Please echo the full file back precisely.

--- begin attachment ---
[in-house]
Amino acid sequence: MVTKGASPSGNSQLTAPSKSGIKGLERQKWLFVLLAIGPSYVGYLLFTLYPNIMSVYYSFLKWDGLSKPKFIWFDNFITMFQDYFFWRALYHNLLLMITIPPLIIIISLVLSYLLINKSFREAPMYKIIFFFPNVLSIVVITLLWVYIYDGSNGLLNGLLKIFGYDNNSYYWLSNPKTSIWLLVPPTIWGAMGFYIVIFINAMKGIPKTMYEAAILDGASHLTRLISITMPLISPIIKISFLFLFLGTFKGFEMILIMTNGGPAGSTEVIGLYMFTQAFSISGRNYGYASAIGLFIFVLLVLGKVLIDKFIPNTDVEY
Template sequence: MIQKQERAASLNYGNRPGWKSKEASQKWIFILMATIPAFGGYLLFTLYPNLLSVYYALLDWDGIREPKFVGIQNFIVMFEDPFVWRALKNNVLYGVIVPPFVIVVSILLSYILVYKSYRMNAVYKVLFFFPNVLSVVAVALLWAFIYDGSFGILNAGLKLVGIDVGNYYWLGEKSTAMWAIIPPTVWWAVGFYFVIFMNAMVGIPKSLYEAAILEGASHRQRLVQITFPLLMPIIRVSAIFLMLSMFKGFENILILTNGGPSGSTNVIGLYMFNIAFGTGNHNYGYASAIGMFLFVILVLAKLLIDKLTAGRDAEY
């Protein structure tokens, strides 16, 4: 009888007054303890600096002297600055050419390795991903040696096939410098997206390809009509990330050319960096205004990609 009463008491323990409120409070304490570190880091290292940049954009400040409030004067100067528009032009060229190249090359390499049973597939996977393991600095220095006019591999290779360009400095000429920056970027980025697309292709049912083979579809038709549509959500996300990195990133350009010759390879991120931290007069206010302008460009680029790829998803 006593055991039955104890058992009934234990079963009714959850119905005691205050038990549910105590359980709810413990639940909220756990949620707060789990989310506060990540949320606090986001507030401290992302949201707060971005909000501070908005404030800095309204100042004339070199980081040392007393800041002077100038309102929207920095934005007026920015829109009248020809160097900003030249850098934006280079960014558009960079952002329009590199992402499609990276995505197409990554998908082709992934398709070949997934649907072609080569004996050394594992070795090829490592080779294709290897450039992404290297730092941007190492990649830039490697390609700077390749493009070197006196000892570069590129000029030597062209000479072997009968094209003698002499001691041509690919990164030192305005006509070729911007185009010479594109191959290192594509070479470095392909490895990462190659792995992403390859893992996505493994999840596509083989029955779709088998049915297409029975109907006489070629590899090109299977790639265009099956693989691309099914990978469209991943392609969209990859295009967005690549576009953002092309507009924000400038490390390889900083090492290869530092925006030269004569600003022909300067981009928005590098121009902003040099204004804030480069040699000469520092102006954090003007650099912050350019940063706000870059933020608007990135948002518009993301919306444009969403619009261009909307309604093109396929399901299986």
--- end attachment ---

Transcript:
[in-house]
Amino acid sequence: MVTKGASPSGNSQLTAPSKSGIKGLERQKWLFVLLAIGPSYVGYLLFTLYPNIMSVYYSFLKWDGLSKPKFIWFDNFITMFQDYFFWRALYHNLLLMITIPPLIIIISLVLSYLLINKSFREAPMYKIIFFFPNVLSIVVITLLWVYIYDGSNGLLNGLLKIFGYDNNSYYWLSNPKTSIWLLVPPTIWGAMGFYIVIFINAMKGIPKTMYEAAILDGASHLTRLISITMPLISPIIKISFLFLFLGTFKGFEMILIMTNGGPAGSTEVIGLYMFTQAFSISGRNYGYASAIGLFIFVLLVLGKVLIDKFIPNTDVEY
Template sequence: MIQKQERAASLNYGNRPGWKSKEASQKWIFILMATIPAFGGYLLFTLYPNLLSVYYALLDWDGIREPKFVGIQNFIVMFEDPFVWRALKNNVLYGVIVPPFVIVVSILLSYILVYKSYRMNAVYKVLFFFPNVLSVVAVALLWAFIYDGSFGILNAGLKLVGIDVGNYYWLGEKSTAMWAIIPPTVWWAVGFYFVIFMNAMVGIPKSLYEAAILEGASHRQRLVQITFPLLMPIIRVSAIFLMLSMFKGFENILILTNGGPSGSTNVIGLYMFNIAFGTGNHNYGYASAIGMFLFVILVLAKLLIDKLTAGRDAEY
């Protein structure tokens, strides 16, 4: 009888007054303890600096002297600055050419390795991903040696096939410098997206390809009509990330050319960096205004990609 009463008491323990409120409070304490570190880091290292940049954009400040409030004067100067528009032009060229190249090359390499049973597939996977393991600095220095006019591999290779360009400095000429920056970027980025697309292709049912083979579809038709549509959500996300990195990133350009010759390879991120931290007069206010302008460009680029790829998803 006593055991039955104890058992009934234990079963009714959850119905005691205050038990549910105590359980709810413990639940909220756990949620707060789990989310506060990540949320606090986001507030401290992302949201707060971005909000501070908005404030800095309204100042004339070199980081040392007393800041002077100038309102929207920095934005007026920015829109009248020809160097900003030249850098934006280079960014558009960079952002329009590199992402499609990276995505197409990554998908082709992934398709070949997934649907072609080569004996050394594992070795090829490592080779294709290897450039992404290297730092941007190492990649830039490697390609700077390749493009070197006196000892570069590129000029030597062209000479072997009968094209003698002499001691041509690919990164030192305005006509070729911007185009010479594109191959290192594509070479470095392909490895990462190659792995992403390859893992996505493994999840596509083989029955779709088998049915297409029975109907006489070629590899090109299977790639265009099956693989691309099914990978469209991943392609969209990859295009967005690549576009953002092309507009924000400038490390390889900083090492290869530092925006030269004569600003022909300067981009928005590098121009902003040099204004804030480069040699000469520092102006954090003007650099912050350019940063706000870059933020608007990135948002518009993301919306444009969403619009261009909307309604093109396929399901299986």